Canada rejects radioactive kitchenware from India
Radioactive kitchenware shipment ordered out of Canada -Global problem? CBC – , 13 Oct, 2012 The Canadian Nuclear Safety Commission (CNSC) ordered that a small shipment of radioactive kitchenware, that found its way to the Port of Montreal, be taken out of the country.
The CNSC issued an order on Oct. 5, demanding that the contaminated container be sent back to India by Hanjin Shipping Canada — the company that delivered the cargo to Montreal’s port last May.
The Canadian Borders Services Agency (CBSA) found the merchandise during routine scans performed on incoming cargo.
“There could have been a source that is used in medical devices,” he said. “[Devices] to treat cancer, are very high-level sources and thereplacement and disposal…is extremely regulated and it is possible that the source was inadvertently misplaced or misdisposed and found its way in the recycling industry, was melted with other metals and the metal was used to produce all sorts of manufactured goods.”
According to the commission, the CBSA has intercepted about 15 shipments with radiation levels, above the permitted threshold since the Fukushima Daiichi nuclear plant meltdown in Japan. Most of these cargos were sent to Vancouver.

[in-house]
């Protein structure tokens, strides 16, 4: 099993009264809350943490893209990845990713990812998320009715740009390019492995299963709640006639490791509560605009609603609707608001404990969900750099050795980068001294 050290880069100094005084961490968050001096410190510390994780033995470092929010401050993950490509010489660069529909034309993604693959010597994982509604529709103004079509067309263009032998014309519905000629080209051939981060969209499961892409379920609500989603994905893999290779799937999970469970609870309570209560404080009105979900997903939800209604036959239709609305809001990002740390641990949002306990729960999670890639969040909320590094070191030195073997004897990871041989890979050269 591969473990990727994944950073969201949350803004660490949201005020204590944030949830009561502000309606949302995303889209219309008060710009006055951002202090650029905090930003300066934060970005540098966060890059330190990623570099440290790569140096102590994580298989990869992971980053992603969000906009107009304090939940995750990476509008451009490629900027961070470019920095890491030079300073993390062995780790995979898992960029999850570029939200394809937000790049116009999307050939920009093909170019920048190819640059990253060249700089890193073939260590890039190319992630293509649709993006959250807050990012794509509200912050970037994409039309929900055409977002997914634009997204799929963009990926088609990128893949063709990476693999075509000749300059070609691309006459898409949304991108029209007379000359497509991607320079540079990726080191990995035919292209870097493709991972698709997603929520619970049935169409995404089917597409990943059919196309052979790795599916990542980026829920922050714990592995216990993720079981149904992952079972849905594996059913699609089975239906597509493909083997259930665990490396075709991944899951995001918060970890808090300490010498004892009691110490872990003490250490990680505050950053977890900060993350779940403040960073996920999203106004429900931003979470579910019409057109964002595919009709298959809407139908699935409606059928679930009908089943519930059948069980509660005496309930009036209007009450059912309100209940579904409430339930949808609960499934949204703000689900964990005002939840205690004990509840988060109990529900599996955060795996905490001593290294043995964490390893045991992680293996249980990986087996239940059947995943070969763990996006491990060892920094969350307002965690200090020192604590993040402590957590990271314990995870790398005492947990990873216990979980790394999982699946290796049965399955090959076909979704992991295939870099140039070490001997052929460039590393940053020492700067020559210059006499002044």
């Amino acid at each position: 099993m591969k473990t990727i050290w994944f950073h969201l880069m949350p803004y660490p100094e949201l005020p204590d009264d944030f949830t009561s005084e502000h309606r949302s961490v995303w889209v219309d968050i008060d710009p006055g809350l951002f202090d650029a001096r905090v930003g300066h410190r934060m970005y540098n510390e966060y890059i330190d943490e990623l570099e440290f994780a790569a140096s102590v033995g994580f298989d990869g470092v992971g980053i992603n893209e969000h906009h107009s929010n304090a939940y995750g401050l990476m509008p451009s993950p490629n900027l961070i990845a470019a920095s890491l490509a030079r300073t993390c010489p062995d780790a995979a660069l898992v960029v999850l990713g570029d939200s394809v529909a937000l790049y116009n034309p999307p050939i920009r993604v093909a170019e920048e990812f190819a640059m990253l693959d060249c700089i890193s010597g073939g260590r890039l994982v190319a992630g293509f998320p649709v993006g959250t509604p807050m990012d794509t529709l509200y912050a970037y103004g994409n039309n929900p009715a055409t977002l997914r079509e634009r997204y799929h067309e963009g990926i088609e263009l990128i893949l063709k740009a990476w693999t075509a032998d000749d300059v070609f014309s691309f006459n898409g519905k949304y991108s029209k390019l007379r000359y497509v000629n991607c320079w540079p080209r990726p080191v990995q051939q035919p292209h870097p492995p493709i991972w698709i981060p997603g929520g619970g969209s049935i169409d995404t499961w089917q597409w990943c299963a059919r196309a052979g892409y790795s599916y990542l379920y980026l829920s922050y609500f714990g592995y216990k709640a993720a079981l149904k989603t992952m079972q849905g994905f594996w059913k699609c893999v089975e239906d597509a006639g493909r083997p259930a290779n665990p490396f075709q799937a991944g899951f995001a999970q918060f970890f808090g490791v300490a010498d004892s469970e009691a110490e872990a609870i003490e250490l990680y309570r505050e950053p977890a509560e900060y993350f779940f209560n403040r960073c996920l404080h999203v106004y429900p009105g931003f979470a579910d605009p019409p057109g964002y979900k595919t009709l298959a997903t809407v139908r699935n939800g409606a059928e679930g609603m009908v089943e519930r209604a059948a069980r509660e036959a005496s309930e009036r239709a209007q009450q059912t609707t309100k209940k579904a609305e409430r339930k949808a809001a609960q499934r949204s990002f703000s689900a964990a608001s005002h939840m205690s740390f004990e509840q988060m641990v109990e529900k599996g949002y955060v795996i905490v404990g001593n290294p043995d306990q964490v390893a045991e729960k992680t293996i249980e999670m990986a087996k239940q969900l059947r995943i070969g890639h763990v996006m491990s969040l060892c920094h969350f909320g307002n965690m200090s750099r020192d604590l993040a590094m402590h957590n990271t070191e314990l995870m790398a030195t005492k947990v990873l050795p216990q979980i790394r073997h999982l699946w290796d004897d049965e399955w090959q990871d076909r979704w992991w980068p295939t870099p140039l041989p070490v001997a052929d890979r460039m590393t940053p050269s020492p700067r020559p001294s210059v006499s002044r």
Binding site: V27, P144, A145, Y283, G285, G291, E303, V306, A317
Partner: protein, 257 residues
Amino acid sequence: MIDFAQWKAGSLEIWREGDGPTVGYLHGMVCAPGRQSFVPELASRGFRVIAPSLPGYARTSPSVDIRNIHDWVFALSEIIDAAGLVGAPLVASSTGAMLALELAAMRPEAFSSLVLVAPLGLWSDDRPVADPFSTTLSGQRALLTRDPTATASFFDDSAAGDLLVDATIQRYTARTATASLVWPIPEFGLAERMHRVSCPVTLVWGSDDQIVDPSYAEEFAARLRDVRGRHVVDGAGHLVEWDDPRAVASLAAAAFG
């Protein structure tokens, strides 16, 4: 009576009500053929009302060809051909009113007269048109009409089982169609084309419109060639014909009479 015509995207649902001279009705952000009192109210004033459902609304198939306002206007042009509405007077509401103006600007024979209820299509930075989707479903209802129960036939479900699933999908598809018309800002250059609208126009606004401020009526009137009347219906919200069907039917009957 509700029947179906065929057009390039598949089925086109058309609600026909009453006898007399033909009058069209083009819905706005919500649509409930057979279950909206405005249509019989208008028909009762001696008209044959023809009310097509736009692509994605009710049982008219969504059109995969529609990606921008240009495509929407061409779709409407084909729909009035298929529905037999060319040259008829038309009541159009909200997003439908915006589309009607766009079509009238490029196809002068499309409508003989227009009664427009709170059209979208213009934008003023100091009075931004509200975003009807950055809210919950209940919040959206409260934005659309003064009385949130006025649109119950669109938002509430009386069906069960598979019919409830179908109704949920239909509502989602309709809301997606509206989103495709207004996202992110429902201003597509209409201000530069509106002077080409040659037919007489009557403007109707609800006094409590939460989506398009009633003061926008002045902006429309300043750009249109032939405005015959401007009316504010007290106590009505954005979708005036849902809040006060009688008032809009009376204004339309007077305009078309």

“We had a few cases like that but the Japanese authorities dealt with it and dealt with the problem,” he said.
Hanjin Shipping Canada has until 12 p.m. on Oct. 26 to remove the container from Canada.
Gordon Edwards, spokesman for the Canadian Coalition for Nuclear Responsibility said “I think it shows that our regulator is really lax, that they don’t act very quickly and also act with a lot of due deliberation because simply sending it back to where it came from, there’s no guarantee that it won’t be sent to some other consumer somewhere else in the world.”
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